Carriage Crest Elementary, 18235 140th Ave. SE, in Renton, is part of the Kent School District. COURTESY PHOTO, Kent School District

Carriage Crest Elementary, 18235 140th Ave. SE, in Renton, is part of the Kent School District. COURTESY PHOTO, Kent School District

Kent School District closes as many as two classrooms at 5 elementary schools due to COVID-19

Cases on the rise in King County; 4 schools close one classroom, one school closes two

The Kent School District has closed one or two classrooms at five elementary schools due to COVID-19.

The closures are at Carriage Crest, Covington, Horizon, Millennium and Sawyer Woods elementary schools, according to the district’s website on May 23.

The district considers closure of a classroom after consultation with Public Health–Seattle & King County

when:

• Three or more students or staff in the same room/area test positive for COVID-19

• The cases have symptoms that start within 14 days of each other

• The cases are not associated with one another in another setting (household, club, etc.)

According to a May 24 report by Public Health–Seattle & King County, COVID-19 risk for people in the county has increased over the past several weeks. In late April, case rates put King County into the Medium COVID-19 Community Level.

“Unfortunately, we continue to receive many reports of COVID-19 cases and clusters throughout the community, including from schools and childcare centers,” according to Public Health–Seattle & King County.

Here’s the Kent School District classroom closure list:

Carriage Crest Elementary

Status: As of May 23, two classrooms are closed on the recommendation of Public Health. Otherwise, the building is open and offering in-person instruction to students in the remaining classrooms. The school contacted all impacted families of the closed classrooms on May 23. The classrooms will reopen on May 31 with masks required through June 2.

Covington Elementary

Status: As of May 23, one classroom is closed on the recommendation of Public Health. Otherwise, the building is open and offering in-person instruction to students in the remaining classrooms. The school contacted all impacted families of the closed classrooms on May 23. The classrooms will reopen on May 26 with masks required through May 30.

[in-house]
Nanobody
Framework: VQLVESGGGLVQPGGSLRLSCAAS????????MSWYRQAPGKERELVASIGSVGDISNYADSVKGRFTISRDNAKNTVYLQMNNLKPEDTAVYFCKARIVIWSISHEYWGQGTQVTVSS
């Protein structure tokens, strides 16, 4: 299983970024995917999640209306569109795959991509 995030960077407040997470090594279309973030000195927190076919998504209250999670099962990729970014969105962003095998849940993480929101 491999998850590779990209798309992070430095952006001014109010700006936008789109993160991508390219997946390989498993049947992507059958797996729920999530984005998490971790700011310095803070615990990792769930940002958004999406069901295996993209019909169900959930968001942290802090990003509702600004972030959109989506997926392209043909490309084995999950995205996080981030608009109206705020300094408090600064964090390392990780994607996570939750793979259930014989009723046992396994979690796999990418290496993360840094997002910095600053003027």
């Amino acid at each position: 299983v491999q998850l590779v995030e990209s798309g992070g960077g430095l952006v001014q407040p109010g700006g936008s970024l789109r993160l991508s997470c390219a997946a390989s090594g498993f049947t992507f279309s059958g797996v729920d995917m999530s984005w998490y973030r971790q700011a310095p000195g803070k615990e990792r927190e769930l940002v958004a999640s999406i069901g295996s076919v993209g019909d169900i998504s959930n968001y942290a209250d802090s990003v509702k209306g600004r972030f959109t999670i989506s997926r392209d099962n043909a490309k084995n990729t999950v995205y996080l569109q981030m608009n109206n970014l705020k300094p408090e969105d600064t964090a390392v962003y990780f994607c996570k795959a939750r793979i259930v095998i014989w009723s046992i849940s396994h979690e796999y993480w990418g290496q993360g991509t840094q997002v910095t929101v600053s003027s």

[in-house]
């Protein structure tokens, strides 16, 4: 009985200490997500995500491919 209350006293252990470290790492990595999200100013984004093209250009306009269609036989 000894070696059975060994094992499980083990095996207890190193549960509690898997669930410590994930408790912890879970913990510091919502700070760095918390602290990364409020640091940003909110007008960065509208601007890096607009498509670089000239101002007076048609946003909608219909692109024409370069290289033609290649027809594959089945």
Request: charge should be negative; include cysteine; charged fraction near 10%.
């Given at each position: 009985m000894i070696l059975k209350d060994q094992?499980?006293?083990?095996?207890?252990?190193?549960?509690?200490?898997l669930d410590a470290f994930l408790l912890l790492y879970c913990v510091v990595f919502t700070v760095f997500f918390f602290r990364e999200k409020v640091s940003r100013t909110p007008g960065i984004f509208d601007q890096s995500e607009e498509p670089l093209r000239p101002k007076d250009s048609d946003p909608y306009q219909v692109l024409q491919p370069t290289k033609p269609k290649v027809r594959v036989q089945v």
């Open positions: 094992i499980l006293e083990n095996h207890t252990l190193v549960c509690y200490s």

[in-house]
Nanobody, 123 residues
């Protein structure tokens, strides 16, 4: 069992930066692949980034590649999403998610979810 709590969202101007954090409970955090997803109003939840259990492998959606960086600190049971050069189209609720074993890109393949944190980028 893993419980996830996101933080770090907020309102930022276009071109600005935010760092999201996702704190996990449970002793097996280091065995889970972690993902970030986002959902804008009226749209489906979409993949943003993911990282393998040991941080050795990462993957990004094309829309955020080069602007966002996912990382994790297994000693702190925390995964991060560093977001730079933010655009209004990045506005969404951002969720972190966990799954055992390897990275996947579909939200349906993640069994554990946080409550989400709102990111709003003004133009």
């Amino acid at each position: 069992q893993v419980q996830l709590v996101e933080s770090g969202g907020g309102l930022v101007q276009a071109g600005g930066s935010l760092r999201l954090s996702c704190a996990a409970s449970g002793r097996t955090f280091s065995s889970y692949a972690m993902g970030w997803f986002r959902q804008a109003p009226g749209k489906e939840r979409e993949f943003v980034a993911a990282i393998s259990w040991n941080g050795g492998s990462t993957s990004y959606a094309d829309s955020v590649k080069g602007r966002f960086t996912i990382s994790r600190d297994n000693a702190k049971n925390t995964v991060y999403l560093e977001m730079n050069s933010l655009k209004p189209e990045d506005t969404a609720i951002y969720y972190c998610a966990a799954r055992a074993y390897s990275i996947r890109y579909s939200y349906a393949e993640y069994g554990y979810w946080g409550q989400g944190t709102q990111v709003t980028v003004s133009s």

Horizon Elementary

Status: As of May 24, one classroom is closed on the recommendation of Public Health. Otherwise, the building is open and offering in-person instruction to students in the remaining classrooms. The school contacted all impacted families of the closed classrooms on May 24. The classrooms will reopen on May 31 with masks required through June 2.

Millennium Elementary

Status: As of May 23, one classroom is closed on the recommendation of Public Health. Otherwise, the building is open and offering in-person instruction to students in the remaining classrooms. The school contacted all impacted families of the closed classrooms on May 23. The classrooms will reopen on May 26 with masks required through May 30.

Sawyer Woods Elementary

Status: As of May 23, one classroom is closed on the recommendation of Public Health. Otherwise, the building is open and offering in-person instruction to students in the remaining classrooms. The school contacted all impacted families of the closed classrooms on May 23. The classrooms will reopen on May 26 with masks required through May 30.

Masking, testing tips

Public Health–Seattle & King County offers tips about what parents should consider for masking and testing with the increased level of COVID-19.

The risk of exposure to COVID-19 is higher than a month ago, both within schools and in the community. That’s why Public Health has been recommending wearing masks in indoor public settings and other prevention measures, particularly since we reached the Medium Community Level.

Each family needs to weigh the risks and benefits of wearing masks for their children, but at this time, parents should know that the risk of getting COVID-19 has been on the rise the past few weeks. Here are some tips for your family:

• Assess the health risks within your family and take precautions, especially if your child or family members are immunocompromised or have conditions that put them at higher risk for severe COVID-19 disease. Wearing a mask is especially important for people at higher risk for severe disease. You may want to talk with your families’ health care provider to make a plan to obtain COVID-19 treatment for those who are at higher risk of severe illness if they become infected.

• You can also ask your health care provider to explore preventive medications for people who are immunocompromised. When taken before infection or exposure, a medication called Evusheld helps your body fight the coronavirus and avoid getting really sick or needing to go to the hospital.


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